[Spoiler Alert? This post discusses the beginning and end of Steven Spielberg’s Lincoln.]

It’s awards season, which means that I stayed up past my bedtime last night to watch the Golden Globes and that the theaters are full of movies that I actually want to see. So far, among movies vying for top honors, I’ve seen Silver Linings Playbook and, as of this past weekend, Lincoln.

After I saw the film on Saturday I was glad to also see, finally, a review that isn’t just a sycophantic parade of lavish praise. I stand firmly in the camp that Lincoln deserves every acting and writing accolade it has been given. But as far as films go, in its final rendering Lincoln is just average – I don’t think it deserves best film or best director, and as it turned out the good folks from the Hollywood Foreign Press didn’t either. (Interestingly, though, last night’s best director winner Ben Affleck isn’t nominated for an Academy Award in that category.)

Spielberg deserves the blame here, because rather than sticking to the hard, critical core of the writing, and directing the movie for what it is – a compelling, taut, inside-the-beltway political procedural – he gave us the beginning of Saving Private Ryan (redux) followed instantly by a schmaltz fest of fawning Union soldiers reciting the Gettysburg Address to its author. And the end … oh, the end … after he dies from the gunshot wound and his corpse dissolves into an ethereal mirage of The Great and Powerful Mr. Lincoln floating in the golden flame of a burning candle. I had the same reaction to Mimi’s death scene in the film version of Rent, when suddenly her finger twitches. She’s not dead! In both cases I almost laughed out loud.

Those parts of Lincoln made it seem like Spielberg was less interested in making a film about the 13th Amendment and more interested in offering art direction on his own lifetime achievement montage. Luckily, however, what came in between made for pretty good moviegoing. Daniel Day-Lewis played this thing to a tee, and Sally Field was a jewel as Mary Todd Lincoln. Here is a great interview with her, in which she talks about her long career, her struggle for the role of Mary Todd, and the next phase of her life. (For a shorter, text version of much the same material, here’s an interview she did with USA Today.)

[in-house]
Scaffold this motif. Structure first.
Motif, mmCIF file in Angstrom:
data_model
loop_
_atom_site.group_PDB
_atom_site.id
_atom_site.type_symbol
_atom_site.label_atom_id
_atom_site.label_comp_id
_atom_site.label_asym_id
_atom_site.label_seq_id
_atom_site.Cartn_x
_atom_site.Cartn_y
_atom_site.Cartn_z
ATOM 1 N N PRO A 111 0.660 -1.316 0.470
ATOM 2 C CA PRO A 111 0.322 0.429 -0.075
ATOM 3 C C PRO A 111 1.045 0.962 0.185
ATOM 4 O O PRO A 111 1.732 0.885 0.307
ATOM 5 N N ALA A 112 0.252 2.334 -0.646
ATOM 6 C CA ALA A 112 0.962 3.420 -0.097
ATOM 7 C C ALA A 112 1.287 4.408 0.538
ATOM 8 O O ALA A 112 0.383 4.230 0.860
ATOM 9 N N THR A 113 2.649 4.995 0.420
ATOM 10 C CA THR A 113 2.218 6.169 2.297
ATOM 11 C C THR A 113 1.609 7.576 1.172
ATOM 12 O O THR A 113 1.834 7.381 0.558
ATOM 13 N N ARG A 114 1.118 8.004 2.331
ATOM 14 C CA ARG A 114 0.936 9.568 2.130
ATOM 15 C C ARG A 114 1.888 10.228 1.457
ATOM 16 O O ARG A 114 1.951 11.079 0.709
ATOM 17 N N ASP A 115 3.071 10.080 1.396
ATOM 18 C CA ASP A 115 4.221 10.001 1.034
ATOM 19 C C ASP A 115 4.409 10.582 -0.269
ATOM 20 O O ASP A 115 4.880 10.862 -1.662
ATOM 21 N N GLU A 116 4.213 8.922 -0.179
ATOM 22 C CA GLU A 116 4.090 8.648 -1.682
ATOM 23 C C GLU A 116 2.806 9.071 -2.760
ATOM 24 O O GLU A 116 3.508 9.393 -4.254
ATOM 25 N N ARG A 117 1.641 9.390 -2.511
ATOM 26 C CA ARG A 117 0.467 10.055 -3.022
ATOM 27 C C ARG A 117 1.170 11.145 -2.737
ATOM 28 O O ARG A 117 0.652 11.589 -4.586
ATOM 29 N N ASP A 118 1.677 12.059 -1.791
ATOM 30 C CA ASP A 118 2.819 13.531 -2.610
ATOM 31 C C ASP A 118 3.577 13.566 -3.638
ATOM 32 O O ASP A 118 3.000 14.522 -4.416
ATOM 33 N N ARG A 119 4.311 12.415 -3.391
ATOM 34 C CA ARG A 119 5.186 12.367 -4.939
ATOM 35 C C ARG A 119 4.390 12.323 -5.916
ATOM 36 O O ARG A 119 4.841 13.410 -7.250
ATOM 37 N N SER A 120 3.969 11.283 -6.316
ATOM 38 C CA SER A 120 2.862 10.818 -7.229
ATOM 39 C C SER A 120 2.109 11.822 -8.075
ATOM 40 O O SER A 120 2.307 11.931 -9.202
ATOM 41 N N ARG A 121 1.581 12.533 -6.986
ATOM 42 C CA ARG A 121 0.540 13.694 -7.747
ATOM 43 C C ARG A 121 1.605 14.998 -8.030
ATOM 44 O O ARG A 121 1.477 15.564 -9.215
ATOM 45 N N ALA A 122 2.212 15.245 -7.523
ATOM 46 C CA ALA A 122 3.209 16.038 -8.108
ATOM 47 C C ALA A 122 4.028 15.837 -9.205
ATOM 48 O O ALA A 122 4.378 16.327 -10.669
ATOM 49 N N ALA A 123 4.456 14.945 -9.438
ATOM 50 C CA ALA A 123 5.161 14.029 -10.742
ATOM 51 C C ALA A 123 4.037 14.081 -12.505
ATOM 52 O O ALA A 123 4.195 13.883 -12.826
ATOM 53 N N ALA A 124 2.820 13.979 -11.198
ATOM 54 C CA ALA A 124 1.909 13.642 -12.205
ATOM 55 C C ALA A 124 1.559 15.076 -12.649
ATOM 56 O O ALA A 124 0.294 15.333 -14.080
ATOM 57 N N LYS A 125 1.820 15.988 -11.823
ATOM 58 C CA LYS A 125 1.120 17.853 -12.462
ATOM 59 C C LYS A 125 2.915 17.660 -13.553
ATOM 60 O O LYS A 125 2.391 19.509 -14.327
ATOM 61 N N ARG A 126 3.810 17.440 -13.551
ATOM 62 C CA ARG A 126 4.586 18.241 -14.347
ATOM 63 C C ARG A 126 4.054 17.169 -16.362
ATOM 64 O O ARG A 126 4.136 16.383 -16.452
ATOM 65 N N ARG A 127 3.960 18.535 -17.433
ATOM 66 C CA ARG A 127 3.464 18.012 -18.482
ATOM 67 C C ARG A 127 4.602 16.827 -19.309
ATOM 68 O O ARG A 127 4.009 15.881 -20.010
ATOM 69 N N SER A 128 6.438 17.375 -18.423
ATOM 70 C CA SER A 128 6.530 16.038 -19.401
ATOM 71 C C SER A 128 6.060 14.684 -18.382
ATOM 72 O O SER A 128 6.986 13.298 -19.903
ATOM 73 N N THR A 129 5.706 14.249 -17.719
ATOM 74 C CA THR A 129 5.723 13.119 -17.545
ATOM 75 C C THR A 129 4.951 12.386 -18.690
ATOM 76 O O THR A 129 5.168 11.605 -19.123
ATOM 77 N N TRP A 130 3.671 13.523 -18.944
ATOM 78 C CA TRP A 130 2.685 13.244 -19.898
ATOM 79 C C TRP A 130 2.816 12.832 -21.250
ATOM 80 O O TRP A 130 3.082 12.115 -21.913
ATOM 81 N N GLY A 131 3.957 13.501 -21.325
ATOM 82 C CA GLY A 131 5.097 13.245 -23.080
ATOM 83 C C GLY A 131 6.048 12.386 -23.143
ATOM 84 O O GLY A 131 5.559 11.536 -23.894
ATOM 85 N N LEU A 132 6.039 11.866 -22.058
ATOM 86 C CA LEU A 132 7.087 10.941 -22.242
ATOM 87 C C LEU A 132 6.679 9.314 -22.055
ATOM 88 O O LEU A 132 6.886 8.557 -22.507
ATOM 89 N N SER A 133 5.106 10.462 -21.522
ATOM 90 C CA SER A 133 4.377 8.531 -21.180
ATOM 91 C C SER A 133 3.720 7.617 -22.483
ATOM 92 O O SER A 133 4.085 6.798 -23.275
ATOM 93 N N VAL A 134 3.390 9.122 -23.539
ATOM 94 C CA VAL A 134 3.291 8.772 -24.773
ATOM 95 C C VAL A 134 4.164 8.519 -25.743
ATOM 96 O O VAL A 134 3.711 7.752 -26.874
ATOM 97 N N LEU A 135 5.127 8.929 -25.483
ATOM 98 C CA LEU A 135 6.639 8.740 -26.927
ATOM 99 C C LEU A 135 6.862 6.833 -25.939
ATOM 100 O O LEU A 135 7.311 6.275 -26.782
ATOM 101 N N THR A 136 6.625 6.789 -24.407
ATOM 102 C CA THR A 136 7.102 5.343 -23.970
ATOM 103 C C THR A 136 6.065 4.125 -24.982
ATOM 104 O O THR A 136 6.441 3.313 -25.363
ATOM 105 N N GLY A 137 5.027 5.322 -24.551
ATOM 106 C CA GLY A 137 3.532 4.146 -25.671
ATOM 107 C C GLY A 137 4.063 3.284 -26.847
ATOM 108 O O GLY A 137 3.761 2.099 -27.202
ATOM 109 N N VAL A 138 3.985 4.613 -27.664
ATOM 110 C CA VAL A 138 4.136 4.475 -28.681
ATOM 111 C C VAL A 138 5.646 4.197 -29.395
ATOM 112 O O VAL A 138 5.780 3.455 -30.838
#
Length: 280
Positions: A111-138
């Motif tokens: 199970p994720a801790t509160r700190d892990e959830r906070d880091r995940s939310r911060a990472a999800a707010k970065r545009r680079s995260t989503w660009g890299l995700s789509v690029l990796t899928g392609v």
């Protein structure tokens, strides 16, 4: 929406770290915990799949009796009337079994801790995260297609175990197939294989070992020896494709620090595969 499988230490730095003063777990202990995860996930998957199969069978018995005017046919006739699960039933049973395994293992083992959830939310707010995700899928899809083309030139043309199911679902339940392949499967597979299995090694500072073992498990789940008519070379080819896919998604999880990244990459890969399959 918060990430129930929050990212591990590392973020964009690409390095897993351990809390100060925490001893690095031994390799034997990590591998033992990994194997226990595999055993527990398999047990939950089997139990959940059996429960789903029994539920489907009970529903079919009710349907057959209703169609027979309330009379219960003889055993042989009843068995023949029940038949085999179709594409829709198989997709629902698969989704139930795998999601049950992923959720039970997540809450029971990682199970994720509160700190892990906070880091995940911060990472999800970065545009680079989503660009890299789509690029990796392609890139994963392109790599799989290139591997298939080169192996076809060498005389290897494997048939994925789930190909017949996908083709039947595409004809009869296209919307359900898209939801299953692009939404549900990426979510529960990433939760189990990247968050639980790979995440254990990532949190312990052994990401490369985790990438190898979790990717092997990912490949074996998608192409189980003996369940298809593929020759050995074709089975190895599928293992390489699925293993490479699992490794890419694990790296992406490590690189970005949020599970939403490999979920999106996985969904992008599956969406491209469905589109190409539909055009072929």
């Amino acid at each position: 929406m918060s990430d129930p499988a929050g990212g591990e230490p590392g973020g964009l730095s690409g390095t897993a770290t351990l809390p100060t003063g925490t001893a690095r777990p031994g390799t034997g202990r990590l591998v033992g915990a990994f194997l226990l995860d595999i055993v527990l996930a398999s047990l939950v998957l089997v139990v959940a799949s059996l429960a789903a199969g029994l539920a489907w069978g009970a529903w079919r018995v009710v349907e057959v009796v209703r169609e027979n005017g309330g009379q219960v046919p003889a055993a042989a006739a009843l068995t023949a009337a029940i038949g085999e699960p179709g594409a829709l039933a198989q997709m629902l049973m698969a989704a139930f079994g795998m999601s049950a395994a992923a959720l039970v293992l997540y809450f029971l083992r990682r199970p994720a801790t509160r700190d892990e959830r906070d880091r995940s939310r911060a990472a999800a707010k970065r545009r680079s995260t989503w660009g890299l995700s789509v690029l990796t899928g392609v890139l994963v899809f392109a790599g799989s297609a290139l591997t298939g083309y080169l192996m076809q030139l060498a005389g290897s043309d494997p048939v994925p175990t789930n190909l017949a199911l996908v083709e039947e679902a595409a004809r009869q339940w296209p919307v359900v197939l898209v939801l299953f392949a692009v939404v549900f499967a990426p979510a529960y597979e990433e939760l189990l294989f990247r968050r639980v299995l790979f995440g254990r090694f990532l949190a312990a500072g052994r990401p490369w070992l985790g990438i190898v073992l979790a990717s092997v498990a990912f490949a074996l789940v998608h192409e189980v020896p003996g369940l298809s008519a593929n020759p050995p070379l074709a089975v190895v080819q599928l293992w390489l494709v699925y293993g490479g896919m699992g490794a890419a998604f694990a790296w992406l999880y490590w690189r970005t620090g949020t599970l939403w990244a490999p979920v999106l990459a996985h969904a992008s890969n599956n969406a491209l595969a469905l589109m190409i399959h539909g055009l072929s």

I wanted to adore her as Mary Todd, but a couple of things got in the way, the first being that I’m not sure Mary Todd was adorable. Even though this sounds like a sideways compliment from a Southern mother, I mean it as a credit to Field’s craft as an actress – she did such a good job that it was hard to really love her. And secondly, while I thought she handled the material well, she did not disappear into the character in the same way that DDL did. This likely has more to do with me and my own baggage than it does with anything Sally Field did or did not do in Lincoln, but I couldn’t help but feel like there were times when Nora Walker or M’Lynn Eatenton had shown up. Even though J remarked that DDL’s Irish accent bled through, where Field’s character was concerned I just thought I’d seen her do that role before.

I was rooting for her last night, though somehow I knew her name wouldn’t be called. I’m afraid it won’t be called on Oscar night either, which wouldn’t be a big deal except we’ll have to hear another speech from Simpering Anne Hathaway. But that’s okay, because when she wins hopefully Anne will reprise the only part of her speech from last night that wasn’t cringe-worthy – the part where she commended Sally Field.


Sally Field being introduced by her son Sam Griesman at HRC’s National Dinner, October 6, 2012


Sally Field accepting the Ally For Equality award at HRC’s National Dinner, October 6, 2012

Finished reading Chris Cleave’s Little Bee.

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One Response to Sally

  1. tbealer1 says:

    Thanks for the link, my friend! And I really like your reading of how Spielberg seemed incapable of letting this be the movie the writing wanted it to be. And if Simpering Anne Hathaway wins on Oscar night, I’m going to leave the room to fix myself a drink.

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